A letter & another text

By Emo Verkerk and myself

Hi Emo,

…so excited about your discovery of the term “poshlost”. This Russian word, which was coined by Nabokov in his famous essay on Gogol, expresses “a certain widespread defect”. “English words expressing several, although by no means all aspects of poshlost are for instance: cheap, cham, common, smutty, pink-and-blue, high falutin', in bad taste.” Further on in the essay I read that Germany in particular “always seemed to us a country where poshlust, instead of being mocked, was one of the essential parts of the national spirit, habits traditions and general atmosphere.” According to Nabokov, Gogol tells a story that provides an illustration of the term:

Yes, generally speaking the average German is not too pleasant a creature, but it is impossible to imagine anything more unpleasnt than a German Lothario, a German who tries to be whinsome… One day in Germany I happened to run across such a gallant. The dwelling place of the maiden whom he had long been courting without succes stood on the bank of some lake or the other, and there she would be every evening sitting on her balcony and doing two things at once: knitting a stocking and enjoying the view. My German gallant being sick of the futility of his pursuit finally devised an unfailing means whereby to conquer the heart of his cruel Gretchen. Every evening he would take off his clothes, plunge into the lake and, as he swam there, right under the eyes of his beloved, he would keep embracing a couple of swans which had been specially prepared by him for that purpose. I do not quite know what those swans were supposed to symobilze, but I do know that for several evenings on end he did nothing but float about and assume pretty postures with his birds under that precious balcony. Perhaps he fancied there was something poetically antique and mythological in such frolics, but whatever notion he had, the result proved favorable to his intentions: the lady's heart was conquered just as he thought it would be, and soon they were happily married.

This now is poshlost in its ideal form. Words like cheap and smug just don't describe it. There is also a connection between poshlost and forgotten traditions. “Poshlost is not only the obviously trashy but also the falsely important, the falsely beautiful, the falsely clever, the falsely attractive.”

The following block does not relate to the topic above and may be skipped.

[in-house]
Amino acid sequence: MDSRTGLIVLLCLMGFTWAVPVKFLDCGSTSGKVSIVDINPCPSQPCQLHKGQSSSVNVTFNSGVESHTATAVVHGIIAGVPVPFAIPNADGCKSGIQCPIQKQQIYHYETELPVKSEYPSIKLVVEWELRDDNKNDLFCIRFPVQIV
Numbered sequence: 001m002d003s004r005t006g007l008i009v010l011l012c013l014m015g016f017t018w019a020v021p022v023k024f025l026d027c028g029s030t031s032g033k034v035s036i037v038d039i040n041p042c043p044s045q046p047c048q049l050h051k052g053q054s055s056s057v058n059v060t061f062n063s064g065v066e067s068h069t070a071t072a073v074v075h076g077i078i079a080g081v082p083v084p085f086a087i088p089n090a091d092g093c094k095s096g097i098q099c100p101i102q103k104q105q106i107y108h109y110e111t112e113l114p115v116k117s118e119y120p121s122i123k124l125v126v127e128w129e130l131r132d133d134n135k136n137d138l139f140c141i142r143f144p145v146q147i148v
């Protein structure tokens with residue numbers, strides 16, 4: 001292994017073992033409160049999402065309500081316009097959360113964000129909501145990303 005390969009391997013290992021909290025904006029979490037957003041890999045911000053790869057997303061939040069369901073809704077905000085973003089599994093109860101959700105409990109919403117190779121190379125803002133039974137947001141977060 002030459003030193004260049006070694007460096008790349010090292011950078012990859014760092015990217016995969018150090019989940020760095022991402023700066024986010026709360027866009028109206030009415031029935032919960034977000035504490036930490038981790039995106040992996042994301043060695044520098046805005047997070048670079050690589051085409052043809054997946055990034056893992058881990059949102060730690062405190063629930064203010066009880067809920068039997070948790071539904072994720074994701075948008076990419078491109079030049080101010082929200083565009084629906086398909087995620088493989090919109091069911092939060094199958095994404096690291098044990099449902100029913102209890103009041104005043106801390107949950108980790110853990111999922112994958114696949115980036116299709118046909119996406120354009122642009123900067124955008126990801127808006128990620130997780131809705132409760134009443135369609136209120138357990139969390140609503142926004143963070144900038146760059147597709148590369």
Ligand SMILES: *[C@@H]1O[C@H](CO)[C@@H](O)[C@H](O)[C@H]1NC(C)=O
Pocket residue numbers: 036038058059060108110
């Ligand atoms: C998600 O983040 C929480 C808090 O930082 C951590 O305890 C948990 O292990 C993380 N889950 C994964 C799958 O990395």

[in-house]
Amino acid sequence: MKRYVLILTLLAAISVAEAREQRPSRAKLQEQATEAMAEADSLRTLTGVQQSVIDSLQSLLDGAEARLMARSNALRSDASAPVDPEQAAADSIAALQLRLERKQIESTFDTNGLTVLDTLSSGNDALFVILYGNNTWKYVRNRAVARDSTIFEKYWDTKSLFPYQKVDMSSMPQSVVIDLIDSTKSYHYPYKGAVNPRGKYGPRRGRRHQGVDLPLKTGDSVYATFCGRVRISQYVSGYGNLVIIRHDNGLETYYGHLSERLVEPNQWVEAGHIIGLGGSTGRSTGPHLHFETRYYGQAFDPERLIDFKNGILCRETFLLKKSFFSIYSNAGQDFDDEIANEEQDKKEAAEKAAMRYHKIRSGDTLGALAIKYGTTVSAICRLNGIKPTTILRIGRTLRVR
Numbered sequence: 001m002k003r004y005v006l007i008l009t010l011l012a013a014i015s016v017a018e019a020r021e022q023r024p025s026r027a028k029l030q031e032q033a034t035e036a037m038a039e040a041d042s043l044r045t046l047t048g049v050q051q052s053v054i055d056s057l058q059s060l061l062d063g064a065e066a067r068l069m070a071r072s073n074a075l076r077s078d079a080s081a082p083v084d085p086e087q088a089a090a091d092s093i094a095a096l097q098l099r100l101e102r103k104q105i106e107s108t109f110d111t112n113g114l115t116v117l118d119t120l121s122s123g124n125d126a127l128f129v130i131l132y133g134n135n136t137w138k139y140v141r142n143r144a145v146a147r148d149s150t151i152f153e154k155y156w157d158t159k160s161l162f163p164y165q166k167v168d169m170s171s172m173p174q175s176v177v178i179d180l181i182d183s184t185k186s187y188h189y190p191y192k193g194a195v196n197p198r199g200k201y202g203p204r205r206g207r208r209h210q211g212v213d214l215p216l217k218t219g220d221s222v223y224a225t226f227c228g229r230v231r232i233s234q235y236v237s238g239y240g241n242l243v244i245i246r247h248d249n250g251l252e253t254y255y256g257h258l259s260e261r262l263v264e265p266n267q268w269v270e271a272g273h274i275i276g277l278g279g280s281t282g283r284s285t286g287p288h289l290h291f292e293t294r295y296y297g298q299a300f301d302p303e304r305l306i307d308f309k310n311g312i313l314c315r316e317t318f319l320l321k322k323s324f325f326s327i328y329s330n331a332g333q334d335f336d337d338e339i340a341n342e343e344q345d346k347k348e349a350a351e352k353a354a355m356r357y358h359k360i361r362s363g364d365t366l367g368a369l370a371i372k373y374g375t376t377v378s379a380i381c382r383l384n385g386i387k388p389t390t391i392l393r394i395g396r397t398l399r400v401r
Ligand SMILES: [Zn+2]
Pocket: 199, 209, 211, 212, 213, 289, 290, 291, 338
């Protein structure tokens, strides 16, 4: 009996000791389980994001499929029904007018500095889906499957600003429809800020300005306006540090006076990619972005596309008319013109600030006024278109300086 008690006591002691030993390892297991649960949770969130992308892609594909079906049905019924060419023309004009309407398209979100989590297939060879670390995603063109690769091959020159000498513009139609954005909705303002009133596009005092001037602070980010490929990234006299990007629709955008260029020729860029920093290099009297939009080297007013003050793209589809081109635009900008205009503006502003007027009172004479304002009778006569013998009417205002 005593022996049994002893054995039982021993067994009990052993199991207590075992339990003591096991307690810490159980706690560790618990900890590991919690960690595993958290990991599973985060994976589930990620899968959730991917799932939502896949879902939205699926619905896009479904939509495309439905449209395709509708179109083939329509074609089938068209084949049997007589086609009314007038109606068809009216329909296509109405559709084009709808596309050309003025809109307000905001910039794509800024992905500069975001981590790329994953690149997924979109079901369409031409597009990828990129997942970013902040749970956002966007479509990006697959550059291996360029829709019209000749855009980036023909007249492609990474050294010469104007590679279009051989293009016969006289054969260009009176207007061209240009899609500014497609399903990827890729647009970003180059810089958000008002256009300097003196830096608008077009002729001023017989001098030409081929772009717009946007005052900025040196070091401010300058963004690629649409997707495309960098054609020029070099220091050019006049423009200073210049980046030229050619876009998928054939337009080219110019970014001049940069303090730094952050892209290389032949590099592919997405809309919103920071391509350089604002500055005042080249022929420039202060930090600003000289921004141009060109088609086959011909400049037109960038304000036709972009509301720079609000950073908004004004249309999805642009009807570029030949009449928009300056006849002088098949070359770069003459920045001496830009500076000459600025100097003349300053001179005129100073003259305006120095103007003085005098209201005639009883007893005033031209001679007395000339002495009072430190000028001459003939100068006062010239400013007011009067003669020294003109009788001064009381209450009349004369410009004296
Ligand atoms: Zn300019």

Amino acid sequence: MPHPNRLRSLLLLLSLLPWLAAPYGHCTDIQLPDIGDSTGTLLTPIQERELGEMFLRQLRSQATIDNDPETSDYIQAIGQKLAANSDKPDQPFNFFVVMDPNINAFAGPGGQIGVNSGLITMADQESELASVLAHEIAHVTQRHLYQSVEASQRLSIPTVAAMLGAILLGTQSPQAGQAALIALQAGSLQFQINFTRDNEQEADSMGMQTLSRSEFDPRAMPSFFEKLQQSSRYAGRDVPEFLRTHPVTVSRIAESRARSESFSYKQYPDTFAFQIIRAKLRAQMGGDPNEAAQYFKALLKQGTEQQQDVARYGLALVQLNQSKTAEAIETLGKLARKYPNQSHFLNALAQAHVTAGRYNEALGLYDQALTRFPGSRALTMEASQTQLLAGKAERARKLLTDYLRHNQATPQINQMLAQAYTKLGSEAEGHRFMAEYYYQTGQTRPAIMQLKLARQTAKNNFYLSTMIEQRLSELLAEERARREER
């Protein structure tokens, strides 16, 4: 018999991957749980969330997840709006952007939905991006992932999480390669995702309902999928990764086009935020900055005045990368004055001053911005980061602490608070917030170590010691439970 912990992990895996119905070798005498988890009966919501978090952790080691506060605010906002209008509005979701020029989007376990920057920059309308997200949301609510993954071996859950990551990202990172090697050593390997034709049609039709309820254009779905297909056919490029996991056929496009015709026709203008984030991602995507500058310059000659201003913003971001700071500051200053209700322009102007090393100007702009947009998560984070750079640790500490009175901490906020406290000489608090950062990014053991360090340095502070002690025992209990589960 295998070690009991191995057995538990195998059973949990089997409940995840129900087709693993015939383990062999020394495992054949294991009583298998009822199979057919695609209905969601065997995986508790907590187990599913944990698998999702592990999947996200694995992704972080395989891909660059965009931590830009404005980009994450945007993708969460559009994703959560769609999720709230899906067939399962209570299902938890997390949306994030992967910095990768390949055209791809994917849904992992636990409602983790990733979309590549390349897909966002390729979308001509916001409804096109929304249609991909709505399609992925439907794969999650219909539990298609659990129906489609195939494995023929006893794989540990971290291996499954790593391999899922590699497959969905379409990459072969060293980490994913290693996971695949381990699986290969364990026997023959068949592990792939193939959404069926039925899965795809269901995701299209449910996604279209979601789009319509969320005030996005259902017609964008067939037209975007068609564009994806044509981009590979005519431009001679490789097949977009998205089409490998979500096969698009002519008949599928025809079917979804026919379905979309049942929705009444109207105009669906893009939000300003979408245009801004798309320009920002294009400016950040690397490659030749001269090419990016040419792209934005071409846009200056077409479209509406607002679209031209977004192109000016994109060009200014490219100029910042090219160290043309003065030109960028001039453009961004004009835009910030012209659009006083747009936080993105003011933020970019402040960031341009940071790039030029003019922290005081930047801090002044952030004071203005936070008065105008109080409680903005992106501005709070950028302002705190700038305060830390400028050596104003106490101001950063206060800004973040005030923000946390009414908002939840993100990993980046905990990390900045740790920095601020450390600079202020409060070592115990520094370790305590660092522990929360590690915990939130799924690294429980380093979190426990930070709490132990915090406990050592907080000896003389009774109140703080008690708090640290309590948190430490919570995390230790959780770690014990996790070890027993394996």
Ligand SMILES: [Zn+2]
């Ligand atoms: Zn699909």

The term poshost applies to so many things in my work, and now I look at it this way, it actually makes me laugh, because it even applies to my handwriting. Especially this definition: “A shadow world in the actual existence of which neither sellers nor buyers really believe in their heart of hearts.” As it happens, the term collusion has recently been on my mind. (Meaning a relation that is maintained through a mutual acknowledgement of each others fictional identity). This was not so much with regards to my work, it also bacame clear to me from my daily contact with people that this type of communication was expected of me. In my mind, both terms somehow are related.

Nono Pessoa.

Because I had lived in Den Helder for such a long time, I got wrapped up in blues music and considered the E4 chord to be the clearest answer to “poshlost”. This word is a real teacher's word, the term encompasses everything that is frowned upon nowadays – or let us say since the 1970s. As a bad teacher, but a good colleague, I pointed that finger at Nono in order to understand why she worked on a painting so long and so passioantely and with so much dogged self-criticism. And I asked her to read the passage from Nabokov to assess if it could be used in his text.

Because of my long experience as a teacher, I had become one of those Sartrians who analyse every action and every motive to the bone and no longer believe in fairy tales. I was the frustrated artist I always feared I would become when I was young (but who now has my compassion, because I know this job is too tough for sensitive souls). It isn't easy to halt the process of disenchantment. But my stay in Hungary had given me some breathing space. And there, poshlost hit me like a boomerang.

Due to Nono's reaction something started simmering in me. I started remembering all sorts of images and ideas from my youth, which I spent in the poshlost-like artists' town of Bergen, where the flaunting of the wealthy competed with quality for first place. The Eeuwigelaan, with its villas, represented wealth, while quality could be found in the K(unstenaars) C(entrum) B(ergen). (Someone there very appropiately translated “poshlost” as pochlust – the desire to brag). But the whole structure had a flexible base, because there was a large cellar under the KCB. In it was a disco, the Coco Club, where we dated the girls from the Eeuwigelaan.

(I could now end in a Dutch way, and make this into an innocuous piece by ending with a good-natured message, the usual disguise for a dull comprompise. And just like the kids of today, who find everything “awesome”, I find Nono's paintings “really awesome”, and now regard poshlost as an honorary title). But what really happened is that the boomerang changed into an arrow that pierced my heart. And we lived happily ever after.

Emo Verkerk.


noorderloos at gmail dot com